Internet powerhouse Yahoo is rumoured to be paying its top executives lucrative stock-option packages to keep them from leaving.
Yahoo is allowing employees to cash out their stock options in a bid to keep its best and brightest from leaving the company.
In a scramble to retain its top talent amidst rumors of major job cuts and a corporate restructure, Yahoo is offering executives the option of cashing out lucrative fast-vesting stock options, according to BusinessInsider.
It is thought that least 10 per cent of its workforce, or approximately a thousand employees, will face job cuts ahead of a planned reorganization, as Yahoo forges ahead with a plan to bring its balance sheet back out of the red.
Yahoo is reportedly suffering from an exodus of valued executives and talented engineers, as staff jump ship in seek of more secure employment options.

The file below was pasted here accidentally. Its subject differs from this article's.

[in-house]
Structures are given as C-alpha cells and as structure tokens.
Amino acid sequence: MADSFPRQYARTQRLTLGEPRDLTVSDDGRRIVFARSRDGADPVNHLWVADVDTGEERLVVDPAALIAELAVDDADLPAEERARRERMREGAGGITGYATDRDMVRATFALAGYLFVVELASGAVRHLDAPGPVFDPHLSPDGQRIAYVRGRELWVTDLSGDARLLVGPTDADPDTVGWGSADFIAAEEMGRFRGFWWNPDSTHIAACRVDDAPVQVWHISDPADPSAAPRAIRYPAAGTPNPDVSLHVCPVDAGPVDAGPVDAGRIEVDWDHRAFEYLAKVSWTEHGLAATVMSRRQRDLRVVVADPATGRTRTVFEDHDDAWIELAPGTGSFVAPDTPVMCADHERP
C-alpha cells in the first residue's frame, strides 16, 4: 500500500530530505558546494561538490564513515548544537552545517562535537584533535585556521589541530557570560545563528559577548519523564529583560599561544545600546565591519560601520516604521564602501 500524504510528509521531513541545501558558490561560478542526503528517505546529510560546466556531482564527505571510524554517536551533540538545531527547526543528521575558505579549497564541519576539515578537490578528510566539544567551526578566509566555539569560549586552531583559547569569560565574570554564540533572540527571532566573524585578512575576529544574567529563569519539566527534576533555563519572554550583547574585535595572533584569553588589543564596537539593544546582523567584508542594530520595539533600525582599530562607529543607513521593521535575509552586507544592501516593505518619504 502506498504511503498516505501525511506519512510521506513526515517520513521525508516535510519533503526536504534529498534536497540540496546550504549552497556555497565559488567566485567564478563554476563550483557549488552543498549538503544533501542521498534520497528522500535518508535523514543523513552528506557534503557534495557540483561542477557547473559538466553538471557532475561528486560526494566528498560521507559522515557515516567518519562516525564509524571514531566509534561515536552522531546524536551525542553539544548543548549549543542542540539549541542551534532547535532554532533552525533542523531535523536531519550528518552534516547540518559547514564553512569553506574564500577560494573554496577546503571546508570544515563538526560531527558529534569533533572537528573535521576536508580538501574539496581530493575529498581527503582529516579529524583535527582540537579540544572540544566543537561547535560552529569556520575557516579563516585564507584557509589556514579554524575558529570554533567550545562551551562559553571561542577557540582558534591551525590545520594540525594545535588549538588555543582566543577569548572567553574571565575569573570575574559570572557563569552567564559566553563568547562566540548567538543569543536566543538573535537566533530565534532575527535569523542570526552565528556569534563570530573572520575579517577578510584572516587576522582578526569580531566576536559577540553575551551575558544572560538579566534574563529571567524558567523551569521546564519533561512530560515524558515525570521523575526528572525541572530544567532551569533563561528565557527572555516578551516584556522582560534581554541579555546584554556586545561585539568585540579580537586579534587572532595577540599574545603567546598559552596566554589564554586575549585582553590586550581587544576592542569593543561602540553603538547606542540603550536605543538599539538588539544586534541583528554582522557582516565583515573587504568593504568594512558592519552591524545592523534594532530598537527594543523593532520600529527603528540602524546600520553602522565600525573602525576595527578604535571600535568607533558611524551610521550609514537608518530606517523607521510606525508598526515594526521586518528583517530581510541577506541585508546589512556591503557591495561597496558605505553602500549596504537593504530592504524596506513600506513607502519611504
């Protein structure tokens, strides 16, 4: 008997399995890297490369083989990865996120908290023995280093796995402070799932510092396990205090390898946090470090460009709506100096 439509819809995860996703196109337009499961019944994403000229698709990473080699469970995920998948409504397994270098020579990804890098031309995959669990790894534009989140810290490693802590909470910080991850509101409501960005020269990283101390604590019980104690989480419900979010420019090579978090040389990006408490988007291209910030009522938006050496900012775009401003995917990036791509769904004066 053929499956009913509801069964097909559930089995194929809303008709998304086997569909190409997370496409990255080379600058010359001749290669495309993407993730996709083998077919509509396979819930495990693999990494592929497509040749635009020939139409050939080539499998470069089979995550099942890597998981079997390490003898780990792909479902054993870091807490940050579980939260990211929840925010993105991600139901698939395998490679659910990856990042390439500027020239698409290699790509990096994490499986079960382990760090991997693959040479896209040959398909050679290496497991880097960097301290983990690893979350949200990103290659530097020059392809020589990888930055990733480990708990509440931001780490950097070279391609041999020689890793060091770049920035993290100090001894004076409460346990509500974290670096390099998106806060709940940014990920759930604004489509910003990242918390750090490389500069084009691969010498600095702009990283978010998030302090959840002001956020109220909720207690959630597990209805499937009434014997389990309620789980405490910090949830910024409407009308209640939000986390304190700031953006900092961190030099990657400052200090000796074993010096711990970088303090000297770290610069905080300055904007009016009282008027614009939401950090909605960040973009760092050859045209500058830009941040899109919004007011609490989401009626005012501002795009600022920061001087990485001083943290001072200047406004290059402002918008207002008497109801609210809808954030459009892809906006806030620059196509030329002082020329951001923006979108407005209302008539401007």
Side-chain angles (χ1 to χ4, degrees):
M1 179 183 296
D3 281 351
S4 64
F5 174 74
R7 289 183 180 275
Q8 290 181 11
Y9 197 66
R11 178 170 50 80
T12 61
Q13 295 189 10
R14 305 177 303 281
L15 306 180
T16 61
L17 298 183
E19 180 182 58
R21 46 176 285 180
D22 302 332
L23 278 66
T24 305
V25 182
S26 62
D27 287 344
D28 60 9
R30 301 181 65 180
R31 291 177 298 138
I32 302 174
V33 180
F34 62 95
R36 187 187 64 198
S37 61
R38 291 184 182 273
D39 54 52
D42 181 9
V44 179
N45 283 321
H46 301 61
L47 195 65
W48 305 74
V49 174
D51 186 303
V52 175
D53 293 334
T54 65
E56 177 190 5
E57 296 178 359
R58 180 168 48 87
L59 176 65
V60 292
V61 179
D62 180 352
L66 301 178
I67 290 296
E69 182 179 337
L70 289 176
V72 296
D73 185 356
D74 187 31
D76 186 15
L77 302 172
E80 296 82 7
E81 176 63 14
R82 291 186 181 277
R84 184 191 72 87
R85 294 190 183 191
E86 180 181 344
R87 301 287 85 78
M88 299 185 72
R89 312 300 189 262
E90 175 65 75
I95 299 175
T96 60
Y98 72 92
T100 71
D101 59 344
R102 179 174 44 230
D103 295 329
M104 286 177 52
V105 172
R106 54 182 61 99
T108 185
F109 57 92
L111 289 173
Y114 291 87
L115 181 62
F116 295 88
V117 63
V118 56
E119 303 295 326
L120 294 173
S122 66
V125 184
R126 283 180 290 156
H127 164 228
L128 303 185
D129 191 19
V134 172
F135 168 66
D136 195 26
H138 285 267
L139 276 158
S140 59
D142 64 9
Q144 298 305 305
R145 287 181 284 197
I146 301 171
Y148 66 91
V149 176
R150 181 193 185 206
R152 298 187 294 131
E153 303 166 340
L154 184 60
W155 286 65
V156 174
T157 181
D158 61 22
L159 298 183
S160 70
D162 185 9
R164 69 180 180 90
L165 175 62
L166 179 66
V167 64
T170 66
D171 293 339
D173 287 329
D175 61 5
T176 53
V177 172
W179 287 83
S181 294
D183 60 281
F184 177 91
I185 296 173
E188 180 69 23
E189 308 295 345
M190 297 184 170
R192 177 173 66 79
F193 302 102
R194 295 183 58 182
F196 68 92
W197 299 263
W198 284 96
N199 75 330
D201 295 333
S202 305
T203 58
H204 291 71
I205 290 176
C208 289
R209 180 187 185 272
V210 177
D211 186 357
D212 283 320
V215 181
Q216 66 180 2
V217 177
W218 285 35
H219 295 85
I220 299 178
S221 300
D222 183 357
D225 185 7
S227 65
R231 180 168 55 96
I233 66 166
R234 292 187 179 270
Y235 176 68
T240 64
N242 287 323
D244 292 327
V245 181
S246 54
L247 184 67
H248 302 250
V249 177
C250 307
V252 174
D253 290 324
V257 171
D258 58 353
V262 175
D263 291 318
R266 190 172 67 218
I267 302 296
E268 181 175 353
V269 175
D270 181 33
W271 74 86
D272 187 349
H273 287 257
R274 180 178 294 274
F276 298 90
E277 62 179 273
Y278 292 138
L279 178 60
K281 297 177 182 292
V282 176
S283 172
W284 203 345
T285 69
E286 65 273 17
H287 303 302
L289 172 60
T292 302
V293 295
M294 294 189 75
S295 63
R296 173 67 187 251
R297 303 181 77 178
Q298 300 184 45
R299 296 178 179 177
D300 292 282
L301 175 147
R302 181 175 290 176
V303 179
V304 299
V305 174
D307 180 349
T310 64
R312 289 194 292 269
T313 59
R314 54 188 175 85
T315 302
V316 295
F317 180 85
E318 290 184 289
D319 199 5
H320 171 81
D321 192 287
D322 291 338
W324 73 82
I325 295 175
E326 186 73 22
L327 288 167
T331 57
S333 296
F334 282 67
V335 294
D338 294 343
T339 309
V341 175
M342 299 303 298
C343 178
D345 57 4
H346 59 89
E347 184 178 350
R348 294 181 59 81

For human resource managers, soothing the shattered nerves of an organization’s collective workforce once rumors of job cuts are in the air is critical to business operations.
The loss of key managerial figures can have a detrimental effect on workplace team morale and productivity, therefore it is crucial for HR to have strategies in place to manage talent amidst times of turmoil.
Failing to retain key employees can result in lost knowledge and insecure coworkers, and companies will be faced with issues such as training time and investment and costly candidate search.
Yahoo’s strategy of offering short term financial incentives in order to stem the tide of top talent from leaving the internet company may provide the security and morale boost that its senior executives are clearly seeking.
While all parts of the company are likely to be affected, BusinessInsider reported that Yahoo’s media business, its European operations and its platforms technology group, including the technology that supports the company’s services, could be targeted by the restructure.
According to Yahoo’s most recent quarterly report, the company has decreased its headcount by 14 per cent over the last year in a steady drip of layoffs, but still employs more than 10,000 people.